Category Archives: Christian Theology

“He will keep me to the end” by John Newton

“I am still supported, and in some measure owned, in the pleasing service of preaching the glorious Gospel to my fellow-sinners. And I am still happy in an affectionate, united people.

Many have been removed to a better world, but others have been added to us so that I believe our numbers have been increased, rather than diminished from year to year. But most of our old experienced believers have finished their course, and entered into their rest.

Some such we had, who were highly exemplary and useful ornaments to their profession, and very helpful to the young of the flock. We miss them. But the Lord, who has the fulness of the Spirit, is, I hope, bringing others forward to supply their places.

We have to sing of abounding grace, and at the same time to mourn over the aboundings of sin, for too many in this neighbourhood have resisted convictions so long, that I am afraid the Lord has given them up to hardness of heart.

They are either obstinately determined to hear no more, or sit quietly under the preaching, and seem to be sermon-proof. Yet I hope and pray for a day of power in favour of some who have hitherto heard in vain.

Blessed be God, we are not without some seasons of refreshment, when a sense of His gracious presence makes the ordinances sweet and precious. Many miracles He has wrought among us in the twelve years I have been here.

The blind see, the deaf hear, the lepers are cleansed, and the dead are raised to spiritual life. Pray for us, that His arm may be revealed in the midst of us.

As to myself, I have had much experience of the deceitfulness of my heart, much warfare on account of the remaining principle of in-dwelling sin. Without this experience I should not have known so much of the wisdom, power, grace, and compassion of Jesus.

I have good reason to commend Him to others, as a faithful Shepherd, an infallible Physician, an unchangeable Friend. I have found Him such.

Had He not been with me, and were He not mighty to forgive and deliver, I had long ago been trodden down like mire in the streets. He has wonderfully preserved me in my outward walk, so that they who have watched for my halting have been disappointed.

But He alone knows the innumerable backslidings, and the great perverseness of my heart. It is of His grace and mercy that I am what I am: having obtained help of Him, I continue to this day.

And He enables me to believe that He will keep me to the end, and that then I shall be with Him forever.”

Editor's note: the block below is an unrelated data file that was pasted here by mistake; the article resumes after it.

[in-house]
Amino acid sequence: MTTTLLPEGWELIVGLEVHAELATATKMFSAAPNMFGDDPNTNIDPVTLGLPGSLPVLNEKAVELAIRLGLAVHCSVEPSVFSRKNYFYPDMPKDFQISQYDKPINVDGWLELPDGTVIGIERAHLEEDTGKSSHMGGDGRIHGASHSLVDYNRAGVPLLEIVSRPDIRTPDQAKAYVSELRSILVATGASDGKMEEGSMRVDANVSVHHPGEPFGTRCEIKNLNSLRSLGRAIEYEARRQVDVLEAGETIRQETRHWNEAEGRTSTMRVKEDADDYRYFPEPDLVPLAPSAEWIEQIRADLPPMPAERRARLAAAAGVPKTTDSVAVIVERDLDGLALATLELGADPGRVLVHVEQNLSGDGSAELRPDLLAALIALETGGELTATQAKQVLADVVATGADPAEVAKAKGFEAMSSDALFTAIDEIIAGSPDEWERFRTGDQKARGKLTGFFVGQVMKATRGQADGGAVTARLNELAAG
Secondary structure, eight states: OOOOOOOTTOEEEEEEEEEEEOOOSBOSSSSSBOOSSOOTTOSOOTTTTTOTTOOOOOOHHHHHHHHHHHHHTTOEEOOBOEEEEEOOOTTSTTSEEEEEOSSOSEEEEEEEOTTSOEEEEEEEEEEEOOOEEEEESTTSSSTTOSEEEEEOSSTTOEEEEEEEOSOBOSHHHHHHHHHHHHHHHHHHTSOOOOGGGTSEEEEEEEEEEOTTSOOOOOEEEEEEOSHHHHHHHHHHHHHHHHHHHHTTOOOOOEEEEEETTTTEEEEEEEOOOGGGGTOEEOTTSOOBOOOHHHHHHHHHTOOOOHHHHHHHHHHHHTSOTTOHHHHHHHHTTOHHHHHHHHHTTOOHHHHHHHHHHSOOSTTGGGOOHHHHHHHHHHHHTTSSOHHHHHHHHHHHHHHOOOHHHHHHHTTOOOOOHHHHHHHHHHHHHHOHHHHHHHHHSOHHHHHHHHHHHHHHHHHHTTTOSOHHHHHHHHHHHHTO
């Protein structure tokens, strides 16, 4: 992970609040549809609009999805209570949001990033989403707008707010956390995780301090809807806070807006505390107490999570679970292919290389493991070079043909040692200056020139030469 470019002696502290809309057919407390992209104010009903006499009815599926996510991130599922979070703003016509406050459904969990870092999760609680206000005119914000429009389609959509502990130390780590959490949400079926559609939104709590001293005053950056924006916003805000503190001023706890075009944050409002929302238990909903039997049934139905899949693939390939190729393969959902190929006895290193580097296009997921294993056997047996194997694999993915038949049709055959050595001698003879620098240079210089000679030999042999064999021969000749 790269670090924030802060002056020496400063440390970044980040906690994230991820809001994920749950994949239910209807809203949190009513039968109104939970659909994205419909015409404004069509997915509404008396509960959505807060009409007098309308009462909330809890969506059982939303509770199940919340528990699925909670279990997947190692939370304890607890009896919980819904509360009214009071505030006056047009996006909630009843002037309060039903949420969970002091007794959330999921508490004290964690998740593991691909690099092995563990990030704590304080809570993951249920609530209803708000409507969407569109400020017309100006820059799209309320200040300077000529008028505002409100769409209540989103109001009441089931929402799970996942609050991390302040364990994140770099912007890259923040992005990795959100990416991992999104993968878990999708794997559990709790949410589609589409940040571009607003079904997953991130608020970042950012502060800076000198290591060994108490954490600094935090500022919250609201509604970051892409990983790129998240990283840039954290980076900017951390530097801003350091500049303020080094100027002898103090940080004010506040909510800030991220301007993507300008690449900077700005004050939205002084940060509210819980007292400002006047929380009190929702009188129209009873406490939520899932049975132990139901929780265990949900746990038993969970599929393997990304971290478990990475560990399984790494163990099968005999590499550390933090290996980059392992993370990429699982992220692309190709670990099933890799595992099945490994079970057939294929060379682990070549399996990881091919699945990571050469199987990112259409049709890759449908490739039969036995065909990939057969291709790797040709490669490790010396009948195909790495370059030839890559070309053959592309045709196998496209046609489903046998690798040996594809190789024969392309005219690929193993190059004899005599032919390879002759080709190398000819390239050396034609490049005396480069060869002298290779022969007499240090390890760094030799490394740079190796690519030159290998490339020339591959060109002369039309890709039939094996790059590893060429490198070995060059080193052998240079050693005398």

–John Newton, The Works of John Newton (Vol. 6; London: Hamilton, Adams & Co., 1824), 6: 54-55.

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“Greater is He that is for us” by J.C. Ryle

“Our Lord Jesus Christ, as God, has almighty power. We see Him in these verses doing that which is proverbially impossible. He speaks to the winds, and they obey Him. He speaks to the waves, and they submit to His command.

He turns the raging storm into a calm with a few words,—’Peace, be still.’ Those words were the words of Him who first created all things. The elements knew the voice of their Master, and, like obedient servants, were quiet at once.

Let us mark this lesson also, and lay it up in our minds. With the Lord Jesus Christ nothing is impossible. No stormy passions are so strong but He can tame them. No temper is so rough and violent but He can change it.

No conscience is so disquieted, but He can speak peace to it, and make it calm. No man ever need despair, if He will only bow down his pride, and come as a humbled sinner to Christ.

Christ can do miracles upon the heart. No man ever need despair of reaching his journey’s end, if he has once committed his soul to Christ’s keeping. Christ will carry him through every danger.

Christ will make him conqueror over every foe. What though our relations oppose us? What though our neighbours laugh us to scorn? What though our place be hard? What though our temptations be great?

It is all nothing, if Christ is on our side, and we are in the ship with Him. Greater is He that is for us, than all they that are against us.

We learn from this passage, that our Lord Jesus Christ is exceedingly patient and pitiful in dealing with His own people. We see the disciples on this occasion showing great want of faith, and giving way to most unseemly fears.

They forgot their Master’s miracles and care for them in days gone by. They thought of nothing but their present peril. They awoke our Lord hastily, and cried, ‘carest thou not that we perish?’

We see our Lord dealing most gently and tenderly with them. He gives them no sharp reproof. He makes no threat of casting them off, because of their unbelief. He simply asks the touching question, ‘Why are ye so fearful? How is it that ye have no faith?’

Let us mark well this lesson. The Lord Jesus is very pitiful and of tender mercy. ‘As a father pitieth his children, even so the Lord pitieth them that fear Him.’ (Psalm 103:13.) He does not deal with believers according to their sins, nor reward them according to their iniquities.

He sees their weakness. He is aware of their short-comings. He knows all the defects of their faith, and hope, and love, and courage. And yet He will not cast them off. He bears with them continually. He loves them even to the end. He raises them when they fall.

He restores them when they err. His patience, like His love, is a patience that passeth knowledge. When He sees a heart right, it is His glory to pass over many a short-coming.

Let us leave these verses with the comfortable recollection that Jesus is not changed. His heart is still the same that it was when He crossed the sea of Galilee and stilled the storm.

High in heaven at the right hand of God, Jesus is still sympathizing, still almighty, still pitiful and patient towards His people.

Let us be more charitable and patient towards our brethren in the faith. They may err in many things, but if Jesus has received them and can bear with them, surely we may bear with them too.